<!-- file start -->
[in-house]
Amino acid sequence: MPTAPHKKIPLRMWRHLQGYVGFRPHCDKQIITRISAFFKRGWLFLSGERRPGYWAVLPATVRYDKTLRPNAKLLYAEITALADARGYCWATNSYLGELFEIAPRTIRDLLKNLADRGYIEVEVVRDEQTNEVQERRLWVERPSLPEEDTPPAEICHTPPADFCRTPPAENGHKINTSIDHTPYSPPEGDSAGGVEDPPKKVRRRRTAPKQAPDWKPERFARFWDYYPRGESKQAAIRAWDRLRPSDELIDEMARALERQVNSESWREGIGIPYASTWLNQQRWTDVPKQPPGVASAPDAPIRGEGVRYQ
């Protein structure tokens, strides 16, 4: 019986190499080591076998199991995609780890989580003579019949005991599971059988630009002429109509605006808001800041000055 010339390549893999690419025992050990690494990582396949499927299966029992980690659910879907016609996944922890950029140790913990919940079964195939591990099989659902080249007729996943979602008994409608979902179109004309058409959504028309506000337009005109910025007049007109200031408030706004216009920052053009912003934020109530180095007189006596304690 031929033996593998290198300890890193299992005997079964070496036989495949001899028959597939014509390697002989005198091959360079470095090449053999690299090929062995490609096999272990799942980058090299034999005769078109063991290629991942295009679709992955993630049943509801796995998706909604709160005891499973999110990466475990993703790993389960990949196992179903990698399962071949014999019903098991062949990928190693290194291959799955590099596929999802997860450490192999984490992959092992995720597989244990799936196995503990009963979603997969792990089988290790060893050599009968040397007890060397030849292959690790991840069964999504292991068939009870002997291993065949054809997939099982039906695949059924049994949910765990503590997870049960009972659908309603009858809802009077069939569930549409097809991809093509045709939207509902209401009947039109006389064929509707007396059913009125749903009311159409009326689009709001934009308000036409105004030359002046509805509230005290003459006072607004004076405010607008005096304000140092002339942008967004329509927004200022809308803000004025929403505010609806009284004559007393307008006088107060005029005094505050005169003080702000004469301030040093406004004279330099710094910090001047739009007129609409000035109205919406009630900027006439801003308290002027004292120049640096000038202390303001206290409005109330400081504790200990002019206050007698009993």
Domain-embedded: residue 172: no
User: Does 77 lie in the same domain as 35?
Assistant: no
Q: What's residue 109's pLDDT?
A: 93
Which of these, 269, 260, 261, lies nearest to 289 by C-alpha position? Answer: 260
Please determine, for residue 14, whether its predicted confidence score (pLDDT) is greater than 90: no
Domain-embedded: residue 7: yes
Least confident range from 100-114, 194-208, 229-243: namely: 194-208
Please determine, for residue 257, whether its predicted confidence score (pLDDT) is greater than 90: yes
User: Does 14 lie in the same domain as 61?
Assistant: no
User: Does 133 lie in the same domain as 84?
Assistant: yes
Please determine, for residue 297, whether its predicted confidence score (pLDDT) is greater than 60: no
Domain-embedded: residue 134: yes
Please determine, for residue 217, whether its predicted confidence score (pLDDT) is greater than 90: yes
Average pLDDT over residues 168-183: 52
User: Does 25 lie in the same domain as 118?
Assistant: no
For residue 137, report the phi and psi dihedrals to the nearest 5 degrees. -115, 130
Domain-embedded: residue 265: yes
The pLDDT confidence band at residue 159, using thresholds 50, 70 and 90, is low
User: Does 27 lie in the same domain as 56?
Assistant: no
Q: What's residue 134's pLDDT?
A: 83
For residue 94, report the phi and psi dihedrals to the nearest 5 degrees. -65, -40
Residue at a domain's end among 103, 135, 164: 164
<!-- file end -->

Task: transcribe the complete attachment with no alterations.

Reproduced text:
[in-house]
Amino acid sequence: MPTAPHKKIPLRMWRHLQGYVGFRPHCDKQIITRISAFFKRGWLFLSGERRPGYWAVLPATVRYDKTLRPNAKLLYAEITALADARGYCWATNSYLGELFEIAPRTIRDLLKNLADRGYIEVEVVRDEQTNEVQERRLWVERPSLPEEDTPPAEICHTPPADFCRTPPAENGHKINTSIDHTPYSPPEGDSAGGVEDPPKKVRRRRTAPKQAPDWKPERFARFWDYYPRGESKQAAIRAWDRLRPSDELIDEMARALERQVNSESWREGIGIPYASTWLNQQRWTDVPKQPPGVASAPDAPIRGEGVRYQ
């Protein structure tokens, strides 16, 4: 019986190499080591076998199991995609780890989580003579019949005991599971059988630009002429109509605006808001800041000055 010339390549893999690419025992050990690494990582396949499927299966029992980690659910879907016609996944922890950029140790913990919940079964195939591990099989659902080249007729996943979602008994409608979902179109004309058409959504028309506000337009005109910025007049007109200031408030706004216009920052053009912003934020109530180095007189006596304690 031929033996593998290198300890890193299992005997079964070496036989495949001899028959597939014509390697002989005198091959360079470095090449053999690299090929062995490609096999272990799942980058090299034999005769078109063991290629991942295009679709992955993630049943509801796995998706909604709160005891499973999110990466475990993703790993389960990949196992179903990698399962071949014999019903098991062949990928190693290194291959799955590099596929999802997860450490192999984490992959092992995720597989244990799936196995503990009963979603997969792990089988290790060893050599009968040397007890060397030849292959690790991840069964999504292991068939009870002997291993065949054809997939099982039906695949059924049994949910765990503590997870049960009972659908309603009858809802009077069939569930549409097809991809093509045709939207509902209401009947039109006389064929509707007396059913009125749903009311159409009326689009709001934009308000036409105004030359002046509805509230005290003459006072607004004076405010607008005096304000140092002339942008967004329509927004200022809308803000004025929403505010609806009284004559007393307008006088107060005029005094505050005169003080702000004469301030040093406004004279330099710094910090001047739009007129609409000035109205919406009630900027006439801003308290002027004292120049640096000038202390303001206290409005109330400081504790200990002019206050007698009993």
Domain-embedded: residue 172: no
User: Does 77 lie in the same domain as 35?
Assistant: no
Q: What's residue 109's pLDDT?
A: 93
Which of these, 269, 260, 261, lies nearest to 289 by C-alpha position? Answer: 260
Please determine, for residue 14, whether its predicted confidence score (pLDDT) is greater than 90: no
Domain-embedded: residue 7: yes
Least confident range from 100-114, 194-208, 229-243: namely: 194-208
Please determine, for residue 257, whether its predicted confidence score (pLDDT) is greater than 90: yes
User: Does 14 lie in the same domain as 61?
Assistant: no
User: Does 133 lie in the same domain as 84?
Assistant: yes
Please determine, for residue 297, whether its predicted confidence score (pLDDT) is greater than 60: no
Domain-embedded: residue 134: yes
Please determine, for residue 217, whether its predicted confidence score (pLDDT) is greater than 90: yes
Average pLDDT over residues 168-183: 52
User: Does 25 lie in the same domain as 118?
Assistant: no
For residue 137, report the phi and psi dihedrals to the nearest 5 degrees. -115, 130
Domain-embedded: residue 265: yes
The pLDDT confidence band at residue 159, using thresholds 50, 70 and 90, is low
User: Does 27 lie in the same domain as 56?
Assistant: no
Q: What's residue 134's pLDDT?
A: 83
For residue 94, report the phi and psi dihedrals to the nearest 5 degrees. -65, -40
Residue at a domain's end among 103, 135, 164: 164